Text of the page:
Update on bug system for OpenJDK (web-discuss)

Mohan Pakkurti mohan.pakkurti at oracle.com
Wed May 25 13:57:52 UTC 2011

On May 25, 2011, at 3:06 PM, Volker Simonis wrote:

> Besides the question about the license of the data which is very
> important in my opinion as well I would like to raise the question if
> the new bug database will be for OpenJDK ONLY or if it will cover all
> the bugs for OpenJDK AND for the proprietary Oracle JDK together.
> One of the biggest problems the current OpenJDK bug trackimg system
> (https://bugs.openjdk.java.net/) suffers from is that it is just the
> "little sibling" or even "orphan" of the "real" bug tracker (I think
> its name is bugster) at Oracle which is the single bug authority
> currently used by the JDK developers at Oracle. The only public window
> into this "bugster" thing is  bugs.sun.com and probably every external
> OpenJDK developer knows its problems:
> 1. it doesn't show all the bugs (because of security reasons, because
> of licensing issues, because of incomprehensible reasons)
> 2. if it shows a bug, it doesn't show all of the fields (same reasons as above)
> 3. entering bugs from outside Oracle is very cumbersome
> The question is now if the new "OpenJDK" bug system will resolve these
> issues and if it will be the single authoritative bug system for
> OpenJDK ("the project which produces open source" to speak with
> Stephen Colebourne's words) AND the OracleJDK ("the project behind the
> project which produces open source").

Yes, the OpenJDK bug system will be the authoritative bug system for use by all 
people involved in the development processes for the JDK, both outside and inside 

Oracle engineers will use another internal system for customer issues and these 
internal bug reports could point to issues in the OpenJDK system.

> Regards,
> Volker
> On Wed, May 25, 2011 at 1:02 PM, Mike Milinkovich
> <mike.milinkovich at eclipse.org> wrote:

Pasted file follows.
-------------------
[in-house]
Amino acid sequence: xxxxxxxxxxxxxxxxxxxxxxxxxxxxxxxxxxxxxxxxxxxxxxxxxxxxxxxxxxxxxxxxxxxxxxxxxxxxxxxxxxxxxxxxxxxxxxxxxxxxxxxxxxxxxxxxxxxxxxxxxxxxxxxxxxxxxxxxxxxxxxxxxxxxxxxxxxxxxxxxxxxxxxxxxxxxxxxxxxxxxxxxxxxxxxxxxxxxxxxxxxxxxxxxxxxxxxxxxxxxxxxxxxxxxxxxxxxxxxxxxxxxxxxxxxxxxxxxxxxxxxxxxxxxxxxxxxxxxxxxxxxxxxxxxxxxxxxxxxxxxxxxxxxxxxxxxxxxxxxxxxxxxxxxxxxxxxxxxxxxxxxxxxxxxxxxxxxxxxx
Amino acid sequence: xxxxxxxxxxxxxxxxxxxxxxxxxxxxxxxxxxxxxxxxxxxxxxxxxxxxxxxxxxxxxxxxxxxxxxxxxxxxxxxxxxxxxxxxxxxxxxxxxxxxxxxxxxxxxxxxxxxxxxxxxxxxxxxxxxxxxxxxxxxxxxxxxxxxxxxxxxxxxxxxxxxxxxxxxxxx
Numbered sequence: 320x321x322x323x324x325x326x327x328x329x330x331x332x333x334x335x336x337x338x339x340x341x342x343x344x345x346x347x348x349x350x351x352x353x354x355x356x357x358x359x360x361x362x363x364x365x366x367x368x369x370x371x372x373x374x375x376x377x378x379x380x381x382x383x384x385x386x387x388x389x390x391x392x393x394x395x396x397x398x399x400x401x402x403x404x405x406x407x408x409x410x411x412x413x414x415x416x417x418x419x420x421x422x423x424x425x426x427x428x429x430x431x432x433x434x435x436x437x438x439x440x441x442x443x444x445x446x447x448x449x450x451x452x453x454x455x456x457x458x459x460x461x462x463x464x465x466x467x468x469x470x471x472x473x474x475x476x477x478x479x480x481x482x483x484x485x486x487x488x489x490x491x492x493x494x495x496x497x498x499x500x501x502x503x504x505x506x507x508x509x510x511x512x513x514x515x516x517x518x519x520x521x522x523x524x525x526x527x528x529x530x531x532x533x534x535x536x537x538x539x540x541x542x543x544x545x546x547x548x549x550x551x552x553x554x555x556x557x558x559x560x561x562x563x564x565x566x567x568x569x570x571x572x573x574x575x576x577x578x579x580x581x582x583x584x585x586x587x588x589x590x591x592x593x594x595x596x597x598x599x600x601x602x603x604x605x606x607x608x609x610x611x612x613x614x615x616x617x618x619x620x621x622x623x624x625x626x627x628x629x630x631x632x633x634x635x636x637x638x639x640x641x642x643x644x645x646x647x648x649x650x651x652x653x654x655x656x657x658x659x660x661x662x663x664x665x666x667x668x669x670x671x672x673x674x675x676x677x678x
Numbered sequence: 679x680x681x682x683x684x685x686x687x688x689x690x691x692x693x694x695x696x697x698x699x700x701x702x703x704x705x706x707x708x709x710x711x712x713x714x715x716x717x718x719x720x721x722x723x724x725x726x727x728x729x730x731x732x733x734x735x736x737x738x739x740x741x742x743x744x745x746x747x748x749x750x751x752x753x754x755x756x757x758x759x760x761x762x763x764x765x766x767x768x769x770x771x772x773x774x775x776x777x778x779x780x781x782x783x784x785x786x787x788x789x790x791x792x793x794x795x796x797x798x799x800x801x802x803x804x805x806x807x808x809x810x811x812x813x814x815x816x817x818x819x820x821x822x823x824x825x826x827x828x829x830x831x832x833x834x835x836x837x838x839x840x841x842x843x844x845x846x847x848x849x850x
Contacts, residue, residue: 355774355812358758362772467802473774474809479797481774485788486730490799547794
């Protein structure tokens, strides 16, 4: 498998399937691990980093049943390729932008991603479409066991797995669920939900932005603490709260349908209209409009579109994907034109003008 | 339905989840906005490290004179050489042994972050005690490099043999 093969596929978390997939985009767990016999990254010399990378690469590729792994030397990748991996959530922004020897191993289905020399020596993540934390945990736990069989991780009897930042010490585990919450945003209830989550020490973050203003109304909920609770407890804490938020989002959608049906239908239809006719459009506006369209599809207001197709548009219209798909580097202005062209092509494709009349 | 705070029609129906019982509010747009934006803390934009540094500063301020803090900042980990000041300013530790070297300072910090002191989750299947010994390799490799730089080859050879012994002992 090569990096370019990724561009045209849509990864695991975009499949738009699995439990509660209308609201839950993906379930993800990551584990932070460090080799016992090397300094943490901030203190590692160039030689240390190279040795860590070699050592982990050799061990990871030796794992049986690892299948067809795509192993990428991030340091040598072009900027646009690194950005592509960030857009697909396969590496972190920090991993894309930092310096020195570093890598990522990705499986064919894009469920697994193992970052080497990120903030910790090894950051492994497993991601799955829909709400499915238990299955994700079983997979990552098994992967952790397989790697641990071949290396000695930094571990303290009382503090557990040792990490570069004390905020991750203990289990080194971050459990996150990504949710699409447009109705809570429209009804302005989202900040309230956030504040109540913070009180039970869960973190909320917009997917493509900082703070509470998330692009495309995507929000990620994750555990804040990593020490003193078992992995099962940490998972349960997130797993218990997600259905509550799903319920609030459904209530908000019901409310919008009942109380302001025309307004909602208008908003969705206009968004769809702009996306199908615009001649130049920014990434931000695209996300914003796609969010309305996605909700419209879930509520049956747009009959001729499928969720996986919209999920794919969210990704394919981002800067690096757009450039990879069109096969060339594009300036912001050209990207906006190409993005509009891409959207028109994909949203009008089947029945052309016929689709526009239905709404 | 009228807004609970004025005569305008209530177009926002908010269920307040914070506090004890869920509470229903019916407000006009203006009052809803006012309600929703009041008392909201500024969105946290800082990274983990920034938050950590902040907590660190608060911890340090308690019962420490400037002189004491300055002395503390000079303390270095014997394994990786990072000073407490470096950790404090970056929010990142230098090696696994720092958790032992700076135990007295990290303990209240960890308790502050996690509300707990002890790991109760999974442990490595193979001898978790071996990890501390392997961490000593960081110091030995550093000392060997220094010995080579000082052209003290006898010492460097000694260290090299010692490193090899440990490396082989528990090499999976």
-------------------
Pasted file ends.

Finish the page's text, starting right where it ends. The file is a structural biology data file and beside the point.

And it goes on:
>>>> What you shoud be asking for is open/free *data* from the bug tracking
>>>> system (via a free to use API). If the data submitted to the bug
>>>> system is privately owned by Oracle then you have an impediment to
>>>> forking. The actual system the data resides in is pretty much
>>>> irrelevant. (ie. with open data, you could write a tool to mirror JIRA
>>>> into a Bugzilla instance and use Bugzilla if you really wanted to)
>>> That's true.  The legal ownership of the data also matters.
>> Assuming that the bug database would be covered by the OpenJDK terms of
>> use[1], a quick read says that Oracle aggregates a pretty complete license
>> to any content contributed, but not ownership. (This may be different for
>> those who have actually signed an OCA.) The licenses to the content would be
>> the license of the project or the New BSD unless otherwise noted.
>> IMHO, the license that the data is made available under is the more
>> important factor than the ownership. At Eclipse, for example, the ownership
>> of the content in the bug database is highly diffused. The right to fork,
>> duplicate, create derivative works, etc. comes from the license.
>> [1] http://openjdk.org/legal/terms.html

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